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Former MVA Employee Indicted for Bribery, Misconduct

dollar-897092_640-300x300The Maryland Attorney General’s Office recently announced the indictment of three individuals for their alleged roles in an identity theft scheme at an MVA branch in Baltimore City.  The individuals were indicted back in April and the scheme allegedly took place in 2022.  It is not entirely clear why the AG’s Office waited until July to report the indictments, but all three cases are still in the early stages of prosecution.  While all three defendants face felony identity theft scheme and bribery charges, only one defendant has been charged with misconduct in office.  This defendant, a 34-year-old woman from Baltimore City, was a MVA employee at the Reisterstown Road branch office.  She allegedly conspired with two custodians, who were contracted to perform janitorial services at the branch, to sell drivers’ licenses and learners’ permits for cash.

It turns out that one of the custodians allegedly advertised the scheme on Instagram, which seems like a decision she’ll regret. The Instagram post reportedly offered up the licenses and permits for a fee of $600 and included a free test taker for the written portion of the exam.  This test taker was of course one of the co-conspirators who is accused of taking as many as 66 tests under the guise of an actual applicant.  The former MVA employer oversaw the tests and is accused of knowingly allowing her co-conspirator to take the tests for a portion of the proceeds.  Under Maryland law bribery is charged when a person accepts or solicits a bribe.  The two custodians face bribery and conspiracy to commit bribery charges while the former state employee faces one bribery count and the aforementioned misconduct in office charge.

Bribery cases are relatively uncommon in Maryland courts, and as a result tend to be treated with more attention and scrutiny.  Bribery always involves at least two people, and one must be some sort of public employee or officer.  Public employees include those working for state or local government entities.  In cases where a bribe is offered and accepted the public official and the person offering the bribe would generally be charged as co-defendants.  In attempted bribery cases the public employee often reports or arrests the other party on the spot when dealing with police officers.  Bribery and attempted bribery are considered the same offense under Maryland criminal law 9-201.  The maximum penalty for this offense is 12 years in prison including a 2-year mandatory prison sentence.  Since the statute does not specifically say the mandatory portion cannot be suspended there is no mandatory jail sentence in practicality.  Public officials who are accused of accepting bribes with typically face more scrutiny from the court system, but anyone charged with this offense has an uphill battle to stay out of jail and keep a clean record.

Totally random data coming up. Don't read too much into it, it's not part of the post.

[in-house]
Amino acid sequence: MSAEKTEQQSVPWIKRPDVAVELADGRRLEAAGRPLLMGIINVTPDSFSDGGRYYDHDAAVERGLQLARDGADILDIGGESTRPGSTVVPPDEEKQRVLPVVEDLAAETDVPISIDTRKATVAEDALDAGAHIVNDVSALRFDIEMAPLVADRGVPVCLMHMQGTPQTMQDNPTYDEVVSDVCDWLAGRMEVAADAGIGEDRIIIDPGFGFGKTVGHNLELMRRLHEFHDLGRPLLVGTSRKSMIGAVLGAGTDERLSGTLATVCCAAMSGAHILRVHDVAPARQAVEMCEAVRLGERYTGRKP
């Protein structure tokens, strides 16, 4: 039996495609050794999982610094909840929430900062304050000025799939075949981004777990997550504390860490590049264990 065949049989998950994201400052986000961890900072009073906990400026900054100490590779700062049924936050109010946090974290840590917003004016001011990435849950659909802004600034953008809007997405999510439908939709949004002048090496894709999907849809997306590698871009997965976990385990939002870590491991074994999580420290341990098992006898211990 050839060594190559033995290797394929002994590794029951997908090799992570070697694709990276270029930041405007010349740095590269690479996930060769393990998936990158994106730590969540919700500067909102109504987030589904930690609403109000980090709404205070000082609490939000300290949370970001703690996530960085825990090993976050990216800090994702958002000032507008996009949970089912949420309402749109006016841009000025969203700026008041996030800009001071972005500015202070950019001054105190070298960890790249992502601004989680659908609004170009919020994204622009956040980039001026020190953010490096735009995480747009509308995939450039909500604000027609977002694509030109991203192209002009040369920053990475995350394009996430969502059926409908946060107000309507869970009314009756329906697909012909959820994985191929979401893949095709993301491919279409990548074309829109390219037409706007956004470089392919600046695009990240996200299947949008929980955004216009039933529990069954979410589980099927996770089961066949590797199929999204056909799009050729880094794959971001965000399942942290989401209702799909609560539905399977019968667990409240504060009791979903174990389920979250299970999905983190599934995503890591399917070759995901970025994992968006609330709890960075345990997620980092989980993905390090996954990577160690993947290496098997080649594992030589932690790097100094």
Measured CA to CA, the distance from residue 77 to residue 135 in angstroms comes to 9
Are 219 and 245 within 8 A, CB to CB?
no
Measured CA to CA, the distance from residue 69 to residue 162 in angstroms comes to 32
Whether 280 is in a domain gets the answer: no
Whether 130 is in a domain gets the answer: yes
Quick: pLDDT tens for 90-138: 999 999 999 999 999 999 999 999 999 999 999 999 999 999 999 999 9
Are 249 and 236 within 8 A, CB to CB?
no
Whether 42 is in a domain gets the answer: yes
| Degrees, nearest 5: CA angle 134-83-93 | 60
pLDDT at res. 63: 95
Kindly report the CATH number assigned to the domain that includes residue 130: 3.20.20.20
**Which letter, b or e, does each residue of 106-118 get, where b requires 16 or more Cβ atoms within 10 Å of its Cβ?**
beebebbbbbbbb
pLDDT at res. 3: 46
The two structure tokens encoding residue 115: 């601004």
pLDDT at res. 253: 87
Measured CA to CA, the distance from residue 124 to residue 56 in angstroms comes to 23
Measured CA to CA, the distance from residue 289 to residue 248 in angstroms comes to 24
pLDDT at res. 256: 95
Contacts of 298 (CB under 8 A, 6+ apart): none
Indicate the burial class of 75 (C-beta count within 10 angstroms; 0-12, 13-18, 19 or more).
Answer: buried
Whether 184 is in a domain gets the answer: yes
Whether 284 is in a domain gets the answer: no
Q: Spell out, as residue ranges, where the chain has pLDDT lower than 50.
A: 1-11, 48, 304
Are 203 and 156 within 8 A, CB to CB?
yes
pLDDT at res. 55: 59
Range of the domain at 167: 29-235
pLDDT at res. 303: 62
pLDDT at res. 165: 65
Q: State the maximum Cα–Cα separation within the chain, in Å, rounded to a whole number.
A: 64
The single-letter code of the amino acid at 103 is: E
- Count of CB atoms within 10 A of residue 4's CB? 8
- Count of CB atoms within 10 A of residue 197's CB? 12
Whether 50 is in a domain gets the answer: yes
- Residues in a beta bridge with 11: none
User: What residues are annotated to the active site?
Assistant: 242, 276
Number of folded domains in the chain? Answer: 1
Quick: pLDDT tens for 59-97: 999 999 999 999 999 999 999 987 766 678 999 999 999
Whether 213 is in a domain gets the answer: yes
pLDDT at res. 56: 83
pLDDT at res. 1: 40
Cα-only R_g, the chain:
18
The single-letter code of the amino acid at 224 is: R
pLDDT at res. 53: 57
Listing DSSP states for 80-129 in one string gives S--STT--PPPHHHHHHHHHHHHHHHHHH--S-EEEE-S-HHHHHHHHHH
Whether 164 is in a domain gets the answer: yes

All three of the co-defendants face felony identity theft charges that carry up to 10 years in prison. Unlike many identity theft cases there does not appear to be third party victims.  The co-defendants where not defrauding other individuals but rather were defrauding the drivers’ license system.  While no victims suffered financial harm as we routinely see in ID fraud cases, the State will likely argue that the scam endangered the lives of numerous motorists by allowing unqualified drivers to obtain a license.  The State will likely also argue that the former MVA employee should be held to a higher standard than an everyday citizen based on her responsibilities as a public official.  This is where the misconduct in office charge will come into play.  Under Maryland law misconduct in office is considered a common law misdemeanor with no specific maximum penalty other than it must not be cruel and unusual.  There are three elements that the State must prove to establish a case for misconduct in office.  The defendant must be a public officer and he or she must have acted in an official capacity or taken advantage of his or her public office.  Finally, the State must prove the defendant acted corruptly.  Corruption is generally defined as acting with depravity, perversion or taint, and accepting money is the most common means to prove corruption.

Anyone facing charges for bribery and misconduct in office faces the very real possibility of being made an example.  The unfortunate result is that defendants are often treated unjustly, and far more harshly than the conduct demands.  Maryland misconduct in office lawyer Benjamin Herbst will fight to assure all his clients are treated fairly and will not hesitate to make the State prove each and every element of the crime at trial.  Benjamin also specializes in Maryland bribery cases and has successfully handled hundreds of conspiracy, identity fraud and theft charges in state and federal court.  He is available 7 days a week at 410-207-2598 to offer a free consultation about your case.


Three indicted for identity theft scheme at Maryland MVA,

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